Hydration and Sports
Being surrounded by water, it’s easy to think you are immune from the effects of dehydration. However you’re still sweating in the pool, even if you don’t know about it. Unfortunately the body can’t absorb water, so drinking water the normal human way is the only way to prevent dehydrating during training.
Dehydration affects swimmers just as much as it does any other athletes who train and compete on land. The effects of dehydration are many, including headaches, loss of concentration, tiredness, and poor performance. In fact, research shows fluid loss of just 5% of your body weight can reduce your body’s capacity for work by about 40%.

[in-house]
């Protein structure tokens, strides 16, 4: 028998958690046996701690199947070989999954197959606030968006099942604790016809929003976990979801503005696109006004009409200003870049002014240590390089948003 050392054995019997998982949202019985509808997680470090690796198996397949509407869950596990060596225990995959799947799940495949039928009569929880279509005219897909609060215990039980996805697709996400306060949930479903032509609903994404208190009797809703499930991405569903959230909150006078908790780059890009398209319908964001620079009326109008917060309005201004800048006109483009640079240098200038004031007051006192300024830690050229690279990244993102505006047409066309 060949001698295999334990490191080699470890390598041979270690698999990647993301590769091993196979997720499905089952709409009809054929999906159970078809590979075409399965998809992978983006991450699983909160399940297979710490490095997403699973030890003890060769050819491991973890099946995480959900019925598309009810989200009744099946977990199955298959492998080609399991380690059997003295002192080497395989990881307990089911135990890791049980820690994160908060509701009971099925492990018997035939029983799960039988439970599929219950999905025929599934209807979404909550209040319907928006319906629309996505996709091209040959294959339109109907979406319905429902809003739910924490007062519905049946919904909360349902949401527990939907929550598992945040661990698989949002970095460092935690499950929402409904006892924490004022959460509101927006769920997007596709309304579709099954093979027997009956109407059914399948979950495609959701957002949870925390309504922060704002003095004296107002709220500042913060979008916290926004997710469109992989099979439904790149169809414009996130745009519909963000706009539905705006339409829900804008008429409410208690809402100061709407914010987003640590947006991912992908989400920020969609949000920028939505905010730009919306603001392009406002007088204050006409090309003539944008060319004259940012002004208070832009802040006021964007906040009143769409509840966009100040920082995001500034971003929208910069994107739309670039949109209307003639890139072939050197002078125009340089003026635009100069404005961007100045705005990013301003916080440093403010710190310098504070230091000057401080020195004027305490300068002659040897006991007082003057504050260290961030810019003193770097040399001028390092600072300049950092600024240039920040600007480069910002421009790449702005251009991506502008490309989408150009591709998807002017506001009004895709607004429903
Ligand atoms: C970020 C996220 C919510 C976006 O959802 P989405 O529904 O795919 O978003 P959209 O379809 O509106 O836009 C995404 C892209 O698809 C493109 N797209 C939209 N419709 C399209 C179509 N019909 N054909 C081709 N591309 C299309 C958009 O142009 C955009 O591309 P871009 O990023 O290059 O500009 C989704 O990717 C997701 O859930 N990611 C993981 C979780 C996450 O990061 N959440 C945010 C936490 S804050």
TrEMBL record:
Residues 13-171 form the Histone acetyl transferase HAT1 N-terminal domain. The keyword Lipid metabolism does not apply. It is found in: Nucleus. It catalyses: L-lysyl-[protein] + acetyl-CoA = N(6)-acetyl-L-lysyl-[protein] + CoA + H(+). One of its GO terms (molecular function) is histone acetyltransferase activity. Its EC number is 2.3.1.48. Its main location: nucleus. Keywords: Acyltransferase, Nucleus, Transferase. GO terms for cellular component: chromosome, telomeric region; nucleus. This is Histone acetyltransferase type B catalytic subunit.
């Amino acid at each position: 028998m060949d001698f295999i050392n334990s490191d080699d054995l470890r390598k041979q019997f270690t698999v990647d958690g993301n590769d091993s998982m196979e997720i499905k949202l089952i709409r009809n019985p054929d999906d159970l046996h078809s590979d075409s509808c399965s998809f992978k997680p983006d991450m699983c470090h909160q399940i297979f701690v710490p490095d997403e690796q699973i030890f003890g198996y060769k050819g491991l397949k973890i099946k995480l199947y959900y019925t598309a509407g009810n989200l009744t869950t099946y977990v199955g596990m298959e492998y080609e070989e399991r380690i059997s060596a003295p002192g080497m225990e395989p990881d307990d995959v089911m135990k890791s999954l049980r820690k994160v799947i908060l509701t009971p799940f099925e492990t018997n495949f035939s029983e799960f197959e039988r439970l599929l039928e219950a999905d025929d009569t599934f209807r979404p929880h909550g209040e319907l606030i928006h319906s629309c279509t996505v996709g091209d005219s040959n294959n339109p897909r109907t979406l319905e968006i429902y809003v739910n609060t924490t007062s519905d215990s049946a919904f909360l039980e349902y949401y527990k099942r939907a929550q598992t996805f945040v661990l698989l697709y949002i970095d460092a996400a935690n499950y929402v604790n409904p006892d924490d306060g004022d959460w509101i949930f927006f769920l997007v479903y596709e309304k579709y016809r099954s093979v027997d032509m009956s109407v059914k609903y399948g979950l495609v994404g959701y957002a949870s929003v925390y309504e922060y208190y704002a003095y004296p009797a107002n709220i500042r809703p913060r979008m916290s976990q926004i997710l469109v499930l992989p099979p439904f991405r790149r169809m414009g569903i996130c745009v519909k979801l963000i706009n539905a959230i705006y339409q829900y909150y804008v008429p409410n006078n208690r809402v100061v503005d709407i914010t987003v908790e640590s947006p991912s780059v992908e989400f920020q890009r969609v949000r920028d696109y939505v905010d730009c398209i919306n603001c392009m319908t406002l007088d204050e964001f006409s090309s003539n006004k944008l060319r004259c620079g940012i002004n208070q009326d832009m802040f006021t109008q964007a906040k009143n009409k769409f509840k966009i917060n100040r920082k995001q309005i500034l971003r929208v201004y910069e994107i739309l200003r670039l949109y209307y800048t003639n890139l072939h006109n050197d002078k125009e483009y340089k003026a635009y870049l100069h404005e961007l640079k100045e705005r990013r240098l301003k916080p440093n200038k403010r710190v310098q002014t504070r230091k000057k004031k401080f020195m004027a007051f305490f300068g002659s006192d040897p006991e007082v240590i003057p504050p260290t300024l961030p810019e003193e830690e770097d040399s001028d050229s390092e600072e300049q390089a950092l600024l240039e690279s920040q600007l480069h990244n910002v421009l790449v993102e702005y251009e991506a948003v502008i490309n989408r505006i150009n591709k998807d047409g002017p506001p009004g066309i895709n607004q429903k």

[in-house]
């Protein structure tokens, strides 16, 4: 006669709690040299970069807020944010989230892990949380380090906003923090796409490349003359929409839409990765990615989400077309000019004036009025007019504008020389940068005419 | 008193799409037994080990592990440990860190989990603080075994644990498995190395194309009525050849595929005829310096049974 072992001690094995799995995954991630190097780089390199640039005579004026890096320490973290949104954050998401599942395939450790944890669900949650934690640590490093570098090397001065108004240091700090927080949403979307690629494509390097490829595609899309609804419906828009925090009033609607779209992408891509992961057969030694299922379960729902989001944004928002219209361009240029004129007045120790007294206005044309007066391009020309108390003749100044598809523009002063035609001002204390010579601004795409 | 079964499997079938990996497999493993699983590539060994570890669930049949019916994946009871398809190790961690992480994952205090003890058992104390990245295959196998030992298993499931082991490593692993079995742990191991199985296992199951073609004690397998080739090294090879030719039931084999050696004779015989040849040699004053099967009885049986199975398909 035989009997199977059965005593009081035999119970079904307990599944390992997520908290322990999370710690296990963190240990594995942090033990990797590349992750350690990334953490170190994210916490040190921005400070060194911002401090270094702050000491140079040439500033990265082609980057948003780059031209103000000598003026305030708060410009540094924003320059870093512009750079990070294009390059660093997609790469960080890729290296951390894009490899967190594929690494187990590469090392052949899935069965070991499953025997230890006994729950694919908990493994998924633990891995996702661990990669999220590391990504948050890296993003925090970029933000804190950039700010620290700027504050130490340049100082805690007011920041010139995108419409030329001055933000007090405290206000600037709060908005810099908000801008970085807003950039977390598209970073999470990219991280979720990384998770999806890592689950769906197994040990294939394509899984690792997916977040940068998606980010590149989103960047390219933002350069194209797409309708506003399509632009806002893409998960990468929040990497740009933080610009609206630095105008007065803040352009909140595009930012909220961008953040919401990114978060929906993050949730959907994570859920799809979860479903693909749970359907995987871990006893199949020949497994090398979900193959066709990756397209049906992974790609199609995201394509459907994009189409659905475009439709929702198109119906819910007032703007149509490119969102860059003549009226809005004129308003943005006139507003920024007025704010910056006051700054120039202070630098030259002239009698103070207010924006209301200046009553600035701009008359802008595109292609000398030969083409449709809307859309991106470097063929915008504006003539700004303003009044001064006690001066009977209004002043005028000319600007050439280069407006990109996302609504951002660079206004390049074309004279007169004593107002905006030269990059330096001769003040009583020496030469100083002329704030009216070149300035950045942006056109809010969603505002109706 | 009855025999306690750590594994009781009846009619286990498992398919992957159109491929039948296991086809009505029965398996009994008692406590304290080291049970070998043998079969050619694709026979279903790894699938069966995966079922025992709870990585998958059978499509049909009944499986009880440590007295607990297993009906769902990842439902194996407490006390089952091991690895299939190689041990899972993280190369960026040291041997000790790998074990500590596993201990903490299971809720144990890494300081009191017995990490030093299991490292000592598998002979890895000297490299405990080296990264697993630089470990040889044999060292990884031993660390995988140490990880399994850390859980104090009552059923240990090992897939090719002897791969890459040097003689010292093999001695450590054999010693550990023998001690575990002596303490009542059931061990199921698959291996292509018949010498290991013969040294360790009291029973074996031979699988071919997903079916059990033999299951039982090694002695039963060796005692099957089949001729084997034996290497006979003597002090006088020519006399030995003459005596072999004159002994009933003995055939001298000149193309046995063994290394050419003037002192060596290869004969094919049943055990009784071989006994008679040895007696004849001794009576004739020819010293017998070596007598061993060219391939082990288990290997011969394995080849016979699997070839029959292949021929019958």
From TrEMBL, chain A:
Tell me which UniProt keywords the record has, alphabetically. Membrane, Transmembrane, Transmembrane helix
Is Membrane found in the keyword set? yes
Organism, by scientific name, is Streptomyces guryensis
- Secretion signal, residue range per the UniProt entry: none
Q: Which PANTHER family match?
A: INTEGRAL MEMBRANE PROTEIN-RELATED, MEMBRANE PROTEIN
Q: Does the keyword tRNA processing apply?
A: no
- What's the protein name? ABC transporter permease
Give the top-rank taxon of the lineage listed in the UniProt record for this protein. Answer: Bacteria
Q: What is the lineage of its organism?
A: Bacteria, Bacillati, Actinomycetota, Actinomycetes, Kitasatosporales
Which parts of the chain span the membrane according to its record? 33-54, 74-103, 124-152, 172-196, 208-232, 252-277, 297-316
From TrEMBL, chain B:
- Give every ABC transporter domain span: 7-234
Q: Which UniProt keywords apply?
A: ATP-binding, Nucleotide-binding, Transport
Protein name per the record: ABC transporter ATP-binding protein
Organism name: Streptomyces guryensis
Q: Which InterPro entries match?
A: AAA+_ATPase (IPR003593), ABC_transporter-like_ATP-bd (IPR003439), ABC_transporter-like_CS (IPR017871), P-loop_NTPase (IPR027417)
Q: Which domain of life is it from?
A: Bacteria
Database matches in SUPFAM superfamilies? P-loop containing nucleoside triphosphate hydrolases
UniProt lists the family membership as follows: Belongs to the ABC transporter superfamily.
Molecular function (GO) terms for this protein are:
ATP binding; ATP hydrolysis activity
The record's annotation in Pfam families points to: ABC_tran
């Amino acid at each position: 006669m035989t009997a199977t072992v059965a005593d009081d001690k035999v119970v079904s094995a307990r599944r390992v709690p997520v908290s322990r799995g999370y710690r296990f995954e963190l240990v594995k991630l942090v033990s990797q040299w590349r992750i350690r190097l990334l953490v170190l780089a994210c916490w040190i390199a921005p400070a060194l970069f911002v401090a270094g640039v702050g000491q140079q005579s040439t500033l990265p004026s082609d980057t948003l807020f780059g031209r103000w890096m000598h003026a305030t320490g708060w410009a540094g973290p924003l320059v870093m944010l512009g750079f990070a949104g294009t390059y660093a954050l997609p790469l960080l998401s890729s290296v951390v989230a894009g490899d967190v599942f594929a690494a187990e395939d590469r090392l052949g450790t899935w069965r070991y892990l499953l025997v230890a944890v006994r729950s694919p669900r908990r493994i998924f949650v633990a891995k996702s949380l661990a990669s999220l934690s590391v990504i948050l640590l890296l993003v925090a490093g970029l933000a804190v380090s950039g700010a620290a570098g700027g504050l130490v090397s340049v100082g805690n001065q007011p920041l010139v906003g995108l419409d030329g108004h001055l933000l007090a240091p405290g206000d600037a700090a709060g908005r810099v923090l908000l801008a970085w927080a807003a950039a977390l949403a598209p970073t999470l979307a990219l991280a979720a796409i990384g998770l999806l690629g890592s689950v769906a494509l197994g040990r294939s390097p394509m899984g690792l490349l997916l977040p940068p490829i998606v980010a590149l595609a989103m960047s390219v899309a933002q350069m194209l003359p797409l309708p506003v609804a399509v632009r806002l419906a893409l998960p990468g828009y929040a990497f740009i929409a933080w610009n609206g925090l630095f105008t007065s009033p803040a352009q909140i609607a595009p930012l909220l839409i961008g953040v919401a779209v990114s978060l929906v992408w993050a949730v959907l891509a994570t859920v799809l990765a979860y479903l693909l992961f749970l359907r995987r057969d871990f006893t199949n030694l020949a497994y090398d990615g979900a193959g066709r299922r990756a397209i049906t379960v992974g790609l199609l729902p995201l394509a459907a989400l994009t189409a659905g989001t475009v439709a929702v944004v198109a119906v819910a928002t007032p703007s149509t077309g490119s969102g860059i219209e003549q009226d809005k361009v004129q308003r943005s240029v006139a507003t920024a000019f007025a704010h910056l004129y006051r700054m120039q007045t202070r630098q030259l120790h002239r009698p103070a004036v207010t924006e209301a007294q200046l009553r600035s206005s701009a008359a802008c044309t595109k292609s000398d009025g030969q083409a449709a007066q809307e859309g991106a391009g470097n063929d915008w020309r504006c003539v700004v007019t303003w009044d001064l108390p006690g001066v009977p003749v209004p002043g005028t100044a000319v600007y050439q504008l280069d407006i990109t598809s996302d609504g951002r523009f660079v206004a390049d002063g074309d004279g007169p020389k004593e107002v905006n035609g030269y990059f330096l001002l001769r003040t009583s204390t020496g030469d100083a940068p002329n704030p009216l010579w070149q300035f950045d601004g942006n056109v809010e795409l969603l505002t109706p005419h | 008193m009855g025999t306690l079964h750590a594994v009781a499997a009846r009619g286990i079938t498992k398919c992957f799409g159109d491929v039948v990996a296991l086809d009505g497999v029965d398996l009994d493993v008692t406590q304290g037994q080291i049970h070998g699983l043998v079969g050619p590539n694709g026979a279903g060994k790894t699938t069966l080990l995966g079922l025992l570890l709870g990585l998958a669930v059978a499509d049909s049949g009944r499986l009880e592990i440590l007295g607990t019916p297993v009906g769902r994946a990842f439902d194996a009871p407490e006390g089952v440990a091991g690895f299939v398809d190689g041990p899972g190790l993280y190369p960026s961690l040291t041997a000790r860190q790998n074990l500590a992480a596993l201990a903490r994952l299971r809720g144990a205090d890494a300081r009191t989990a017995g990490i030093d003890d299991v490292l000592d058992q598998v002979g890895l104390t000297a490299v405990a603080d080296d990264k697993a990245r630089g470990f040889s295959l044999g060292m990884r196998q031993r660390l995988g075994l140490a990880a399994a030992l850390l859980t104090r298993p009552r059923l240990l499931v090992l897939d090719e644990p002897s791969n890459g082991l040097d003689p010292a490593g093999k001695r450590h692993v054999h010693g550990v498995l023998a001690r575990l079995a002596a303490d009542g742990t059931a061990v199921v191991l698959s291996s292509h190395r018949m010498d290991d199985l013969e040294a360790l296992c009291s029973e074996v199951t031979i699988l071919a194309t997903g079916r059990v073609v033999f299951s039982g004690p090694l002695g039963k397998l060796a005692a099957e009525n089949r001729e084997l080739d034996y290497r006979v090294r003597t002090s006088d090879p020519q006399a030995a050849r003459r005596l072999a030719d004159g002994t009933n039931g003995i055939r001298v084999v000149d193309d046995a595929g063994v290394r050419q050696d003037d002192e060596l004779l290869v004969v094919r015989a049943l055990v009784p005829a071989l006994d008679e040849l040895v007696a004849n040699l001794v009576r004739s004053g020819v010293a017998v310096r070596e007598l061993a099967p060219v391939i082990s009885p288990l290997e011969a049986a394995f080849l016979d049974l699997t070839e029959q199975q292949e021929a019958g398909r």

During swimming training, make sure you have a bottle of water at the edge of the pool and take sips during breaks or between sets. Try to drink around the same amount you would if you were doing equivalent exercise on the treadmill or cycling. Some experts recommend drinking a sports drink during and after your training session if you’re exercising for longer than 60 minutes.
The need for hydration doesn’t end once you’re out of the pool. Ensure you’re drinking water throughout the day - not just when you’re training. At the point when you identify you’re thirsty, you are already dehydrated. Sipping on water intermittently from when you wake up until before you go to bed will help to ensure your body is sufficiently hydrated and operating its best.
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